The Day I Couldn't Make My Daughter a Salad
It was early Monday morning, and the request was simple. "Mom, instead of a sandwich today, can you make me a salad?" My 18 year old daughter would only be here a few more short months before heading to college, so I am cherishing every moment. But, I could not make her a salad. I couldn't cut up the veggies she wanted. I asked instead if she could buy one at school, cringing at the idea of how gross those must be, when I had lots of fresh produce. Of course she obliged, but after she left, my tears flowed. My fingers are worse than they've ever felt. My knuckles have never experienced this level of pain. I have "officially" failed Humira and now Enbrel, and am going to try Orencia. I got Humira induced pustular psoriasis, so I'm leary of biologics, but I'm complex and don't have a lot of choices. Later that day, I'm sitting in carpool, waiting to get my son in tenth grade. I'm looking through the Orencia booklet, all the new patient material. I'm waiting on insurance, so I have not yet started it. I notice a note at the bottom that says actors are used to portray the people in the ads, not actual users of the medication. I sat there and actually laughed, out loud. Yes, LOL. The rugged man in his flannel shirt in the kitchen....the woman in perfect makeup and matching clothes curled up with a book in her cute chair...I don't know about other patients with moderate to severe RA, but this is not a picture of what I look like daily. It would be much more effective for me if I opened their pamphlet and saw a woman wrapped up in her quilt crying, holding her wrists...or a woman propped up in bed icing her legs because of her pain, wearing yoga pants or even pajamas (gasp!) because I think it would be refreshing. That's what moderate to severe RA looks like to me. That's what I do nearly every day. What about you? How do you cope? How do you look? Why don't these companies use real people? I am forever puzzled, but not losing hope. I will let my laugher carry me on, it truly is the best medicine.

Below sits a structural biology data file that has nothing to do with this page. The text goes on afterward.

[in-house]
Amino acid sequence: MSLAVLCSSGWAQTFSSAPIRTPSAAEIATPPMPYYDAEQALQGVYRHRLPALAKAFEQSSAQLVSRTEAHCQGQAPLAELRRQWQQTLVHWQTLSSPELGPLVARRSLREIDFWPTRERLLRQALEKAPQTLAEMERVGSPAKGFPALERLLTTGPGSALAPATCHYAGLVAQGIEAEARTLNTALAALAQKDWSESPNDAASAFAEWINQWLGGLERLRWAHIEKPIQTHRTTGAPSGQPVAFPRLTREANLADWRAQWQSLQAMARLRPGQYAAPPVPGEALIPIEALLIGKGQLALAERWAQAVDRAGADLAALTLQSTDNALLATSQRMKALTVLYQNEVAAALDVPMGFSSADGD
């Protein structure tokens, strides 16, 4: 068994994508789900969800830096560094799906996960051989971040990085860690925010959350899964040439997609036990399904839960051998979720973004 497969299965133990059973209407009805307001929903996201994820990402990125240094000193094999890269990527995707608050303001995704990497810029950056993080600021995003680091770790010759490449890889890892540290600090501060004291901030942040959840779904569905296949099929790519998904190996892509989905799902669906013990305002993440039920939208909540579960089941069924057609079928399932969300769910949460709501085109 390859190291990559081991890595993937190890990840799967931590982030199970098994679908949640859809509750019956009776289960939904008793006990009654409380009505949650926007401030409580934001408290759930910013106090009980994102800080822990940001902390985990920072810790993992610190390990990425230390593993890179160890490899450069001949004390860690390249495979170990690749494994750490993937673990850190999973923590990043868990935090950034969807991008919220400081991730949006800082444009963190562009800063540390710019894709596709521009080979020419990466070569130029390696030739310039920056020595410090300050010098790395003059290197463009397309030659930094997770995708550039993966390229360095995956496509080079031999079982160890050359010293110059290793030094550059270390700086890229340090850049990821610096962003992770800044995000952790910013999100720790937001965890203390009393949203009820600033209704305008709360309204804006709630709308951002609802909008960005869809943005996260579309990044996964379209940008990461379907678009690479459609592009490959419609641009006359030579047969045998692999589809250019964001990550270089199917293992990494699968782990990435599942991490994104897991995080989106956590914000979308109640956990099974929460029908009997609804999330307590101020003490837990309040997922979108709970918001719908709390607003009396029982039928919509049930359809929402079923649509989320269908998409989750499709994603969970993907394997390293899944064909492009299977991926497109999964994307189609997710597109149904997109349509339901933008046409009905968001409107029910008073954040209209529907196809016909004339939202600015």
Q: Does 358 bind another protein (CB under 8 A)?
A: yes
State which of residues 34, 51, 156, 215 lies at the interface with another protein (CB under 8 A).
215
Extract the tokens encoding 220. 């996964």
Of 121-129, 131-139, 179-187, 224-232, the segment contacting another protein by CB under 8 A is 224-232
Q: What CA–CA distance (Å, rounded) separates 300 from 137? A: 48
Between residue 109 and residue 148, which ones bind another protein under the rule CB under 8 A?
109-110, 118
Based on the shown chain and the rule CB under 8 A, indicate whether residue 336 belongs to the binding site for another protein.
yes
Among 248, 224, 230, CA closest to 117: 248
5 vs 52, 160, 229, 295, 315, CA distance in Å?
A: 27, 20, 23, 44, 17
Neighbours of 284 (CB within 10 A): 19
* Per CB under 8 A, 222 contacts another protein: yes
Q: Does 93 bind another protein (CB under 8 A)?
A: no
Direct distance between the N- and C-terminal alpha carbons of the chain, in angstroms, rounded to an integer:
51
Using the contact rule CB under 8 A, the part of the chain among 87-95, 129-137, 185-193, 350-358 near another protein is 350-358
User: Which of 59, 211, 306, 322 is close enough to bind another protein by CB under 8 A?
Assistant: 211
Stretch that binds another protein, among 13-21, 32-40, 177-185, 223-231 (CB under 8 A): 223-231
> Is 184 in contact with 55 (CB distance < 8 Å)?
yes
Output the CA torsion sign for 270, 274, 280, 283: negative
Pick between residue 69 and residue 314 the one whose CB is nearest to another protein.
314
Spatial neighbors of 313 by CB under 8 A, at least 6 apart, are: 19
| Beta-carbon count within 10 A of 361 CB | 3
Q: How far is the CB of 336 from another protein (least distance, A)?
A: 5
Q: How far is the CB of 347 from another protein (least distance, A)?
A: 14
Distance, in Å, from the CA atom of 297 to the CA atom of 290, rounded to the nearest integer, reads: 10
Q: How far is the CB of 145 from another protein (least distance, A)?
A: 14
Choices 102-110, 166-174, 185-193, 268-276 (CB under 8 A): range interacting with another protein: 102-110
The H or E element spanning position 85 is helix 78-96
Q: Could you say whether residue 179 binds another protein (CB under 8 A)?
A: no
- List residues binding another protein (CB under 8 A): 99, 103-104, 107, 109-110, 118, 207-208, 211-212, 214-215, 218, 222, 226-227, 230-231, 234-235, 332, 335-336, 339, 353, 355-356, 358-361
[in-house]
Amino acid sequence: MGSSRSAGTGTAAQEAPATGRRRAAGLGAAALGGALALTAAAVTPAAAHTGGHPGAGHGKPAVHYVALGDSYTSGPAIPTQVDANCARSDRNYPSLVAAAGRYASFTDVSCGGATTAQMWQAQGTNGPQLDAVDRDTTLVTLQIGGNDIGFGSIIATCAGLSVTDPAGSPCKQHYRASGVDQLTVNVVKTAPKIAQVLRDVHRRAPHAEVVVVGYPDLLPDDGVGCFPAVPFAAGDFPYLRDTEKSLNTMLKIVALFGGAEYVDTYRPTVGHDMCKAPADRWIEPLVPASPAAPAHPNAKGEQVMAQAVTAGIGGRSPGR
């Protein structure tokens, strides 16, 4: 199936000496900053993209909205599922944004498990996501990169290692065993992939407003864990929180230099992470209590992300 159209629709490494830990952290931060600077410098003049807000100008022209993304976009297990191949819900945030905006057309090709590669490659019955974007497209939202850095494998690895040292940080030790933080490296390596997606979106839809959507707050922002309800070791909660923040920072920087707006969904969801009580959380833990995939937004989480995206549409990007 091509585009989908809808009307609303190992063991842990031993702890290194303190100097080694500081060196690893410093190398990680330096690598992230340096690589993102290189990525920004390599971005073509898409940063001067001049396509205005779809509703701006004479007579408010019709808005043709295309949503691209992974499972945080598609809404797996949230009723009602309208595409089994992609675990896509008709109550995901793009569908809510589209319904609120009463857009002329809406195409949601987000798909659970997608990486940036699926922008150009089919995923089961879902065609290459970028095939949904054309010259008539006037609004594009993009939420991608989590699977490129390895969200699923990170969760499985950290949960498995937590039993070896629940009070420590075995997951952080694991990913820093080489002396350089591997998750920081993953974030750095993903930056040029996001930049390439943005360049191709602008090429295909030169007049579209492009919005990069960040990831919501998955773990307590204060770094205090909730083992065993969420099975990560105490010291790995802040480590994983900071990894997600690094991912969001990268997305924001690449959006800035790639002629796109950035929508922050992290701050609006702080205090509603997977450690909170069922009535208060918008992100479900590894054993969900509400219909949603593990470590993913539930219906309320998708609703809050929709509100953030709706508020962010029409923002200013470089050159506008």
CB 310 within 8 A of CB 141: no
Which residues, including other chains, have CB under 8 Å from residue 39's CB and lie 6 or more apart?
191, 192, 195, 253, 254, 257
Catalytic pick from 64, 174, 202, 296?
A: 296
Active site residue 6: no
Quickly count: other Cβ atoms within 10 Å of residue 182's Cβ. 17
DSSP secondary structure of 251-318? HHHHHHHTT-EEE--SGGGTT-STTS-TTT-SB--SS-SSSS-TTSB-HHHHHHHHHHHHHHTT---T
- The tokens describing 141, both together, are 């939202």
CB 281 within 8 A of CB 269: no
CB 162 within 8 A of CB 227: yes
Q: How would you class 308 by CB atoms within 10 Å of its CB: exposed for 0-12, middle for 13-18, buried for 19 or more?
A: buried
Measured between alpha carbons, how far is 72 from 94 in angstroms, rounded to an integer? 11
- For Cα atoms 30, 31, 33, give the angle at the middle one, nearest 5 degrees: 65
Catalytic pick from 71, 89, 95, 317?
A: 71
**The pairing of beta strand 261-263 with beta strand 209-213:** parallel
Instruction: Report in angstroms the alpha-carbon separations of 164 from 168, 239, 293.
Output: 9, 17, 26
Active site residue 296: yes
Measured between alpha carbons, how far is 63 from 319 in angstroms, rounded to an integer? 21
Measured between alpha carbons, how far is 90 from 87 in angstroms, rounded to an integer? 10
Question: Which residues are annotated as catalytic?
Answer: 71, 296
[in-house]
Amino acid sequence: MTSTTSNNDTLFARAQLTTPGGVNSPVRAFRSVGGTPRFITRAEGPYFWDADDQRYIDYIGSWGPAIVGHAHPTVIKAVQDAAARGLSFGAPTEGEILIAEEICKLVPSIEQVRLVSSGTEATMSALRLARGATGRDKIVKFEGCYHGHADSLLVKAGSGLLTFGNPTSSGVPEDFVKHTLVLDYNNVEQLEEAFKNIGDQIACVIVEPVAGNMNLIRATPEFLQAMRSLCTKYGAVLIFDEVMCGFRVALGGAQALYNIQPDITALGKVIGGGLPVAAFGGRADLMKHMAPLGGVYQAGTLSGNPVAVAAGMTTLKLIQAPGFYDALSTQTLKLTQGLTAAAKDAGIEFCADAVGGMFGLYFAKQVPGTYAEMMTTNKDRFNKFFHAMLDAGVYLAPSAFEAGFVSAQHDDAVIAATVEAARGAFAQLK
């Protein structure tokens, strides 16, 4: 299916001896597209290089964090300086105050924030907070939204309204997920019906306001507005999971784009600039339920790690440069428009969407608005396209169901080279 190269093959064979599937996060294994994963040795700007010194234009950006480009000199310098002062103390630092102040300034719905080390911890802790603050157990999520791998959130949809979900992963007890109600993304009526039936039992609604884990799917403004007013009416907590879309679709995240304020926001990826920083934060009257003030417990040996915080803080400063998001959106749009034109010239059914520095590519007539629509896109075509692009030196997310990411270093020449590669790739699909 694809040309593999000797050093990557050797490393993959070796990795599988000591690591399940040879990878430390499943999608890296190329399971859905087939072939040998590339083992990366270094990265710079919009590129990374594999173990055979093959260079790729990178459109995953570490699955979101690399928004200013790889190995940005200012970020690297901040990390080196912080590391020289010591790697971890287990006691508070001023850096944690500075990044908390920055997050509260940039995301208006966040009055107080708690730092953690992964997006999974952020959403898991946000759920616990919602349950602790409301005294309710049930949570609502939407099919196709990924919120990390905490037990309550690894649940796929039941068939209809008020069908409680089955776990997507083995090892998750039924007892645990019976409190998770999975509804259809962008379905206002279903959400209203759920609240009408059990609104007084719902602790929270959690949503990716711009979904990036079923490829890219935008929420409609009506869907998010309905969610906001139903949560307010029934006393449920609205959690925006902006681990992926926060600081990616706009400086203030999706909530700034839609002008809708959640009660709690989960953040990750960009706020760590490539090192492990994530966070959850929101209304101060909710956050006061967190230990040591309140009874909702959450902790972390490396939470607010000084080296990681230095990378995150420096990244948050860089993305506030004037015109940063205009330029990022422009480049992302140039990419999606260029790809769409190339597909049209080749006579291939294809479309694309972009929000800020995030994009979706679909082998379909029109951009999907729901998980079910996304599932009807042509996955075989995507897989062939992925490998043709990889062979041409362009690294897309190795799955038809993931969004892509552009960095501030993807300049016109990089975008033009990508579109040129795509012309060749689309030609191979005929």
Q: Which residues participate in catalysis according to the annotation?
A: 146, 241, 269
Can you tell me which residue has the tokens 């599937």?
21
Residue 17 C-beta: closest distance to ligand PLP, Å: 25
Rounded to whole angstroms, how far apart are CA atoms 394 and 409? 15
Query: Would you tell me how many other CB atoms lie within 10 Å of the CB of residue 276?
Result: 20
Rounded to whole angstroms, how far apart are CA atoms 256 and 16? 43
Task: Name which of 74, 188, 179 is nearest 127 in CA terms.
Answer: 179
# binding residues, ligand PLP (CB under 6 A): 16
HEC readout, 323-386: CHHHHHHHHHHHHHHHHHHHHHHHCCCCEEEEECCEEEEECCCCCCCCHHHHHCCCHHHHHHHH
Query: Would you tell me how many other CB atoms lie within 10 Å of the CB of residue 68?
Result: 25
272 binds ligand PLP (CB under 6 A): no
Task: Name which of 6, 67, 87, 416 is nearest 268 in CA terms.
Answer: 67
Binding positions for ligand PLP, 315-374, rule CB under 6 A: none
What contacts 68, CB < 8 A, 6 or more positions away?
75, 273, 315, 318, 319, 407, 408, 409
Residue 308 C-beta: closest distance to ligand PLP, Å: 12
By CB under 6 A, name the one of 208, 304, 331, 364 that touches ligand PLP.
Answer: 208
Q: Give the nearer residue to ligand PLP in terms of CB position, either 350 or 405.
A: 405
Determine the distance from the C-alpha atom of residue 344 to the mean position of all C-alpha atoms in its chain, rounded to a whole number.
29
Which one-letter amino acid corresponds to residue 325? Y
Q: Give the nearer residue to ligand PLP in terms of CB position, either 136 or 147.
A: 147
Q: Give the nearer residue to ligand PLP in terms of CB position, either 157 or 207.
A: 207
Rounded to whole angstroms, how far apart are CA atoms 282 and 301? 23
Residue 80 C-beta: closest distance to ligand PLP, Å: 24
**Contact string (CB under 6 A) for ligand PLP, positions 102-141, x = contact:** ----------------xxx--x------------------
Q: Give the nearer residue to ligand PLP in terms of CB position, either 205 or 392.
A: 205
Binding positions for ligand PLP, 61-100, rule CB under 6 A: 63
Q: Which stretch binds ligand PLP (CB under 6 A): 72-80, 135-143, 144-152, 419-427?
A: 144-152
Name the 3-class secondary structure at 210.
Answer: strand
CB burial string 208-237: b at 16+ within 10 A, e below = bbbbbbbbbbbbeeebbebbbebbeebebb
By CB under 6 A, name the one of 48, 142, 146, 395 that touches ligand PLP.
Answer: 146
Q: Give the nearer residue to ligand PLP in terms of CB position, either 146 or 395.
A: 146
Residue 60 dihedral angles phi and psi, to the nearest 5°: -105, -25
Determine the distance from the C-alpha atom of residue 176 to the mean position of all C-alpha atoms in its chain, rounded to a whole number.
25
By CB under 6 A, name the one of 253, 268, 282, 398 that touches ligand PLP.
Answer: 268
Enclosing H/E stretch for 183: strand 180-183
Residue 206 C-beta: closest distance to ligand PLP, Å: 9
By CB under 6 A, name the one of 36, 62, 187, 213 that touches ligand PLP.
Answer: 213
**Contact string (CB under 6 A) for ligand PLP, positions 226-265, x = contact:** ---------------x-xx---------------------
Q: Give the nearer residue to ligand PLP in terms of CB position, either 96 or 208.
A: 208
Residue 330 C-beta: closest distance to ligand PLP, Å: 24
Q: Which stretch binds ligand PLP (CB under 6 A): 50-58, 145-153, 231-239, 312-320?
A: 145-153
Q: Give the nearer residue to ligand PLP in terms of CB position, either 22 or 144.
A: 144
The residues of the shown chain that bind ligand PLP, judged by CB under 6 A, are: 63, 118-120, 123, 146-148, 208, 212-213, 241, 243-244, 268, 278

When was your last flare?